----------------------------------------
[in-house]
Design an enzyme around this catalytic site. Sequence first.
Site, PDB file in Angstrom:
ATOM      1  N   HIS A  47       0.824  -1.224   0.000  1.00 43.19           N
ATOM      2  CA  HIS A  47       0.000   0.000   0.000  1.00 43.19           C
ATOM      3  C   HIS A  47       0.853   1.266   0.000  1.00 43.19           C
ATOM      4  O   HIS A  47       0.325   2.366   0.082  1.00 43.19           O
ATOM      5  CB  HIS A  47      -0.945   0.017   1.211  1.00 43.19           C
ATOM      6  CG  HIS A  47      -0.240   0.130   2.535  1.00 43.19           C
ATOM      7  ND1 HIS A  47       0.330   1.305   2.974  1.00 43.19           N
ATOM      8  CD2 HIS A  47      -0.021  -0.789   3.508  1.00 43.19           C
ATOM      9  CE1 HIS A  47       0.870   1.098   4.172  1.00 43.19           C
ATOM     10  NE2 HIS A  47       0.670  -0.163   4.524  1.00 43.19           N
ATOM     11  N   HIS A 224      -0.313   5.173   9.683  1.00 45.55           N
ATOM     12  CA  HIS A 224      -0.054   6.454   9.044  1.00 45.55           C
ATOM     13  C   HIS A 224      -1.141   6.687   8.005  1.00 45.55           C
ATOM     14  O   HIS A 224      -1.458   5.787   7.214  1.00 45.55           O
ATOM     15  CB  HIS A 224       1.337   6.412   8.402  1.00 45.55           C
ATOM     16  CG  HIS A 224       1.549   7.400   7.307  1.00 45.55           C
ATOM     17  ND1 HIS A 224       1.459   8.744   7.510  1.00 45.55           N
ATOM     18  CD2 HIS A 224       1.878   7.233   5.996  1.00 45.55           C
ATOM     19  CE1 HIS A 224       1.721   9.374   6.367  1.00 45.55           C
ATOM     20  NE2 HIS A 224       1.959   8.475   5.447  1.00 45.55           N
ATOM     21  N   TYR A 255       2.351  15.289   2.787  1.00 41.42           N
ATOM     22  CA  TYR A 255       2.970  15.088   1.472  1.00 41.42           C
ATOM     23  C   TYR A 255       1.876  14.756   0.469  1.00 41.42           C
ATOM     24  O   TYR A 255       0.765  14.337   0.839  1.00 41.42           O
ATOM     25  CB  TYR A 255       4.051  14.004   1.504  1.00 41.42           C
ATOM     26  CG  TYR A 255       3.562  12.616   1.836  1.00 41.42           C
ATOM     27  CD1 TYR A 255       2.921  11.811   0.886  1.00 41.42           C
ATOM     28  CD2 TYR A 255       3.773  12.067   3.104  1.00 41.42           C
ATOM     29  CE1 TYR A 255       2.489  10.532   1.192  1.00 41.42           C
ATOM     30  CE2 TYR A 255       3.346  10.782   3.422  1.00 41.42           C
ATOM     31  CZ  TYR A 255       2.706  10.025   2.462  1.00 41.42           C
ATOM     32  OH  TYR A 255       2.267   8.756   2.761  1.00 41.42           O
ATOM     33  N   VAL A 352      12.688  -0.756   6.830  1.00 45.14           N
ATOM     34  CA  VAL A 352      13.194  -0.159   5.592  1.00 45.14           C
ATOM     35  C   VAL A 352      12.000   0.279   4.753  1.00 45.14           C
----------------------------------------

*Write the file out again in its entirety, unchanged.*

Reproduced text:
[in-house]
Design an enzyme around this catalytic site. Sequence first.
Site, PDB file in Angstrom:
ATOM      1  N   HIS A  47       0.824  -1.224   0.000  1.00 43.19           N
ATOM      2  CA  HIS A  47       0.000   0.000   0.000  1.00 43.19           C
ATOM      3  C   HIS A  47       0.853   1.266   0.000  1.00 43.19           C
ATOM      4  O   HIS A  47       0.325   2.366   0.082  1.00 43.19           O
ATOM      5  CB  HIS A  47      -0.945   0.017   1.211  1.00 43.19           C
ATOM      6  CG  HIS A  47      -0.240   0.130   2.535  1.00 43.19           C
ATOM      7  ND1 HIS A  47       0.330   1.305   2.974  1.00 43.19           N
ATOM      8  CD2 HIS A  47      -0.021  -0.789   3.508  1.00 43.19           C
ATOM      9  CE1 HIS A  47       0.870   1.098   4.172  1.00 43.19           C
ATOM     10  NE2 HIS A  47       0.670  -0.163   4.524  1.00 43.19           N
ATOM     11  N   HIS A 224      -0.313   5.173   9.683  1.00 45.55           N
ATOM     12  CA  HIS A 224      -0.054   6.454   9.044  1.00 45.55           C
ATOM     13  C   HIS A 224      -1.141   6.687   8.005  1.00 45.55           C
ATOM     14  O   HIS A 224      -1.458   5.787   7.214  1.00 45.55           O
ATOM     15  CB  HIS A 224       1.337   6.412   8.402  1.00 45.55           C
ATOM     16  CG  HIS A 224       1.549   7.400   7.307  1.00 45.55           C
ATOM     17  ND1 HIS A 224       1.459   8.744   7.510  1.00 45.55           N
ATOM     18  CD2 HIS A 224       1.878   7.233   5.996  1.00 45.55           C
ATOM     19  CE1 HIS A 224       1.721   9.374   6.367  1.00 45.55           C
ATOM     20  NE2 HIS A 224       1.959   8.475   5.447  1.00 45.55           N
ATOM     21  N   TYR A 255       2.351  15.289   2.787  1.00 41.42           N
ATOM     22  CA  TYR A 255       2.970  15.088   1.472  1.00 41.42           C
ATOM     23  C   TYR A 255       1.876  14.756   0.469  1.00 41.42           C
ATOM     24  O   TYR A 255       0.765  14.337   0.839  1.00 41.42           O
ATOM     25  CB  TYR A 255       4.051  14.004   1.504  1.00 41.42           C
ATOM     26  CG  TYR A 255       3.562  12.616   1.836  1.00 41.42           C
ATOM     27  CD1 TYR A 255       2.921  11.811   0.886  1.00 41.42           C
ATOM     28  CD2 TYR A 255       3.773  12.067   3.104  1.00 41.42           C
ATOM     29  CE1 TYR A 255       2.489  10.532   1.192  1.00 41.42           C
ATOM     30  CE2 TYR A 255       3.346  10.782   3.422  1.00 41.42           C
ATOM     31  CZ  TYR A 255       2.706  10.025   2.462  1.00 41.42           C
ATOM     32  OH  TYR A 255       2.267   8.756   2.761  1.00 41.42           O
ATOM     33  N   VAL A 352      12.688  -0.756   6.830  1.00 45.14           N
ATOM     34  CA  VAL A 352      13.194  -0.159   5.592  1.00 45.14           C
ATOM     35  C   VAL A 352      12.000   0.279   4.753  1.00 45.14           C